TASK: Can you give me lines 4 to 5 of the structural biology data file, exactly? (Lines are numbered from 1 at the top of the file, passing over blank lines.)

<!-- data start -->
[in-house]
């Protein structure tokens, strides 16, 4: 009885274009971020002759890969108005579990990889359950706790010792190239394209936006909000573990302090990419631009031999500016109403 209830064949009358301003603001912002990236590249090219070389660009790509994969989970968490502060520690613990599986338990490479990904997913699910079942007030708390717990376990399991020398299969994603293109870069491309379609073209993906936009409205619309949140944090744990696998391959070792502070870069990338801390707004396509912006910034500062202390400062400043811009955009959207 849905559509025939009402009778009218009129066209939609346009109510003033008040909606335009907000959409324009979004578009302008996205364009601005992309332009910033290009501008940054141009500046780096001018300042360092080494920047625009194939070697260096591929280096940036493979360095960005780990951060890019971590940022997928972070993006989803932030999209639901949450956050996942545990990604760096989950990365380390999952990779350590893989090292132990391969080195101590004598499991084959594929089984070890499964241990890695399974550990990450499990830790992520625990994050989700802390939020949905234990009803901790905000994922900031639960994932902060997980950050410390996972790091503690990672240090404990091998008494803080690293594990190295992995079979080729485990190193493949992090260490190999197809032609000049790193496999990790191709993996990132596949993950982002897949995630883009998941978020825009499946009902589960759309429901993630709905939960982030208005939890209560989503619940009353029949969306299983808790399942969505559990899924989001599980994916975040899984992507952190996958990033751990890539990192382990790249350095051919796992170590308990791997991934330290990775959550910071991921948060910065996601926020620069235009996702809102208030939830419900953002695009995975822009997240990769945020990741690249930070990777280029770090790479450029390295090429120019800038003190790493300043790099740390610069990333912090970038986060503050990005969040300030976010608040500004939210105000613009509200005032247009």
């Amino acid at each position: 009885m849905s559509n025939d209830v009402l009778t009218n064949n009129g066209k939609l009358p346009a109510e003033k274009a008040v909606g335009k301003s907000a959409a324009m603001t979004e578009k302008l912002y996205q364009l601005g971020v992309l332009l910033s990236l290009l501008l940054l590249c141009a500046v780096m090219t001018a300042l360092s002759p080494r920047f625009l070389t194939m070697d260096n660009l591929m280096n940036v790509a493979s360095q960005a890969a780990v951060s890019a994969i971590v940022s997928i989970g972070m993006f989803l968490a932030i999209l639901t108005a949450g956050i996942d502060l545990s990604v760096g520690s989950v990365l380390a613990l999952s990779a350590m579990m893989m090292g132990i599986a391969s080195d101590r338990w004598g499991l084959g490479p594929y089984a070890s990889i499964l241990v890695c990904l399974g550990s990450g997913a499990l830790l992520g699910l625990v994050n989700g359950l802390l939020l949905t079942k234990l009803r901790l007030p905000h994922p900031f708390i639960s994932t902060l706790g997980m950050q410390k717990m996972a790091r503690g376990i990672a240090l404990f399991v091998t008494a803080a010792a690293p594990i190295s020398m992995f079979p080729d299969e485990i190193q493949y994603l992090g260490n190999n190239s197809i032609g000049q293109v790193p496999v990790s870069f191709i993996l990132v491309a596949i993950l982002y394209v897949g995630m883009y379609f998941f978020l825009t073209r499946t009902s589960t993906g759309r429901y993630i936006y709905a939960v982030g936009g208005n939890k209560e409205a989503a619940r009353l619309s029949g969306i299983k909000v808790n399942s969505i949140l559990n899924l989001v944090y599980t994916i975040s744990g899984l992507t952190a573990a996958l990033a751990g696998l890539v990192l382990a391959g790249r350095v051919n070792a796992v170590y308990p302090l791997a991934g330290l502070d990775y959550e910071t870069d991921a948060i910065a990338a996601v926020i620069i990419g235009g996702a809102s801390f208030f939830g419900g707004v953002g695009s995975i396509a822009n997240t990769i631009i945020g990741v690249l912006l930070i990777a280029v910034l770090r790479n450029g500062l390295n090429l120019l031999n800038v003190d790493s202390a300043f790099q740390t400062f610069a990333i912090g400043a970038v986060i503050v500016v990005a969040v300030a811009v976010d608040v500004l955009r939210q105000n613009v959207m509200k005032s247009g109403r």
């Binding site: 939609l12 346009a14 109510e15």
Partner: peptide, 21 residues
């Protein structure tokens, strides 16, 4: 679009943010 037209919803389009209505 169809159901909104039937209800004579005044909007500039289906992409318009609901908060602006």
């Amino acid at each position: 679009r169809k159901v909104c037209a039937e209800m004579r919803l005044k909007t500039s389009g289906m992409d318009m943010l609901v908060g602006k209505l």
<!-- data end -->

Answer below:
């Binding site: 939609l12 346009a14 109510e15």
Partner: peptide, 21 residues